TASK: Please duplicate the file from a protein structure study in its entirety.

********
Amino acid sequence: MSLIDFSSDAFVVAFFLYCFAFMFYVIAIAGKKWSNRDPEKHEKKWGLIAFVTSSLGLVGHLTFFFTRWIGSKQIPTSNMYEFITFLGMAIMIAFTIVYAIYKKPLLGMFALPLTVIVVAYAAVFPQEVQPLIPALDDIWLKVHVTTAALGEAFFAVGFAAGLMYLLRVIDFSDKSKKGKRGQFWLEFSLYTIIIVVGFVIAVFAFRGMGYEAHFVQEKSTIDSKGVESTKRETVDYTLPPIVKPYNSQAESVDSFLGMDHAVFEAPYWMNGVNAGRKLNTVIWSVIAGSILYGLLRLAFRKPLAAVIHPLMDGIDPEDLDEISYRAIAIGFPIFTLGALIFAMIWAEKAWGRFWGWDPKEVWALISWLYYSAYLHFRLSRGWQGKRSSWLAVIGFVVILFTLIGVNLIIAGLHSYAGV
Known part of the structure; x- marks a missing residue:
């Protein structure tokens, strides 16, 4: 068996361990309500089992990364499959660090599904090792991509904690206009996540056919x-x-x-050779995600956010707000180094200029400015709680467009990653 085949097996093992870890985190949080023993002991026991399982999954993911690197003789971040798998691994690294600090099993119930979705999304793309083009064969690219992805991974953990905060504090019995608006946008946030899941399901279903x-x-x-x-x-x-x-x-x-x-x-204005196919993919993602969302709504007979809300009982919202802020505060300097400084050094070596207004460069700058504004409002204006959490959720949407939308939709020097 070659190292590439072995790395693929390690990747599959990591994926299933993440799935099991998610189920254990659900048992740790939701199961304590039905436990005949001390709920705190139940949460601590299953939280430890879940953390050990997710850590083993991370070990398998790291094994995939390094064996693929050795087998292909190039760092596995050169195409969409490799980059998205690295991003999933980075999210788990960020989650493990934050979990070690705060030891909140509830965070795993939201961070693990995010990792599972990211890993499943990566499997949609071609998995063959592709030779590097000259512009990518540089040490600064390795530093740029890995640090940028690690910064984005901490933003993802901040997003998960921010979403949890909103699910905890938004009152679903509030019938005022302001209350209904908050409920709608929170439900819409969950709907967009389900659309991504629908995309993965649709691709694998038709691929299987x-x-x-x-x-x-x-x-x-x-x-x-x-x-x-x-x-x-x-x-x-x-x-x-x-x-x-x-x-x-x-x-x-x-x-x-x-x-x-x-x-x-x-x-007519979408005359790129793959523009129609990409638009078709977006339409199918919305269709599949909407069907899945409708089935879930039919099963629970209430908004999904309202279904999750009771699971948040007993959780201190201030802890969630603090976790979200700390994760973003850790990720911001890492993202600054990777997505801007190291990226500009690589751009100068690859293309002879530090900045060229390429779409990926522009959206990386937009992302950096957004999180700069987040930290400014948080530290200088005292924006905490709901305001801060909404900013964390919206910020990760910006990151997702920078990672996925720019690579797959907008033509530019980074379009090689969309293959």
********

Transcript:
Amino acid sequence: MSLIDFSSDAFVVAFFLYCFAFMFYVIAIAGKKWSNRDPEKHEKKWGLIAFVTSSLGLVGHLTFFFTRWIGSKQIPTSNMYEFITFLGMAIMIAFTIVYAIYKKPLLGMFALPLTVIVVAYAAVFPQEVQPLIPALDDIWLKVHVTTAALGEAFFAVGFAAGLMYLLRVIDFSDKSKKGKRGQFWLEFSLYTIIIVVGFVIAVFAFRGMGYEAHFVQEKSTIDSKGVESTKRETVDYTLPPIVKPYNSQAESVDSFLGMDHAVFEAPYWMNGVNAGRKLNTVIWSVIAGSILYGLLRLAFRKPLAAVIHPLMDGIDPEDLDEISYRAIAIGFPIFTLGALIFAMIWAEKAWGRFWGWDPKEVWALISWLYYSAYLHFRLSRGWQGKRSSWLAVIGFVVILFTLIGVNLIIAGLHSYAGV
Known part of the structure; x- marks a missing residue:
């Protein structure tokens, strides 16, 4: 068996361990309500089992990364499959660090599904090792991509904690206009996540056919x-x-x-050779995600956010707000180094200029400015709680467009990653 085949097996093992870890985190949080023993002991026991399982999954993911690197003789971040798998691994690294600090099993119930979705999304793309083009064969690219992805991974953990905060504090019995608006946008946030899941399901279903x-x-x-x-x-x-x-x-x-x-x-204005196919993919993602969302709504007979809300009982919202802020505060300097400084050094070596207004460069700058504004409002204006959490959720949407939308939709020097 070659190292590439072995790395693929390690990747599959990591994926299933993440799935099991998610189920254990659900048992740790939701199961304590039905436990005949001390709920705190139940949460601590299953939280430890879940953390050990997710850590083993991370070990398998790291094994995939390094064996693929050795087998292909190039760092596995050169195409969409490799980059998205690295991003999933980075999210788990960020989650493990934050979990070690705060030891909140509830965070795993939201961070693990995010990792599972990211890993499943990566499997949609071609998995063959592709030779590097000259512009990518540089040490600064390795530093740029890995640090940028690690910064984005901490933003993802901040997003998960921010979403949890909103699910905890938004009152679903509030019938005022302001209350209904908050409920709608929170439900819409969950709907967009389900659309991504629908995309993965649709691709694998038709691929299987x-x-x-x-x-x-x-x-x-x-x-x-x-x-x-x-x-x-x-x-x-x-x-x-x-x-x-x-x-x-x-x-x-x-x-x-x-x-x-x-x-x-x-x-007519979408005359790129793959523009129609990409638009078709977006339409199918919305269709599949909407069907899945409708089935879930039919099963629970209430908004999904309202279904999750009771699971948040007993959780201190201030802890969630603090976790979200700390994760973003850790990720911001890492993202600054990777997505801007190291990226500009690589751009100068690859293309002879530090900045060229390429779409990926522009959206990386937009992302950096957004999180700069987040930290400014948080530290200088005292924006905490709901305001801060909404900013964390919206910020990760910006990151997702920078990672996925720019690579797959907008033509530019980074379009090689969309293959």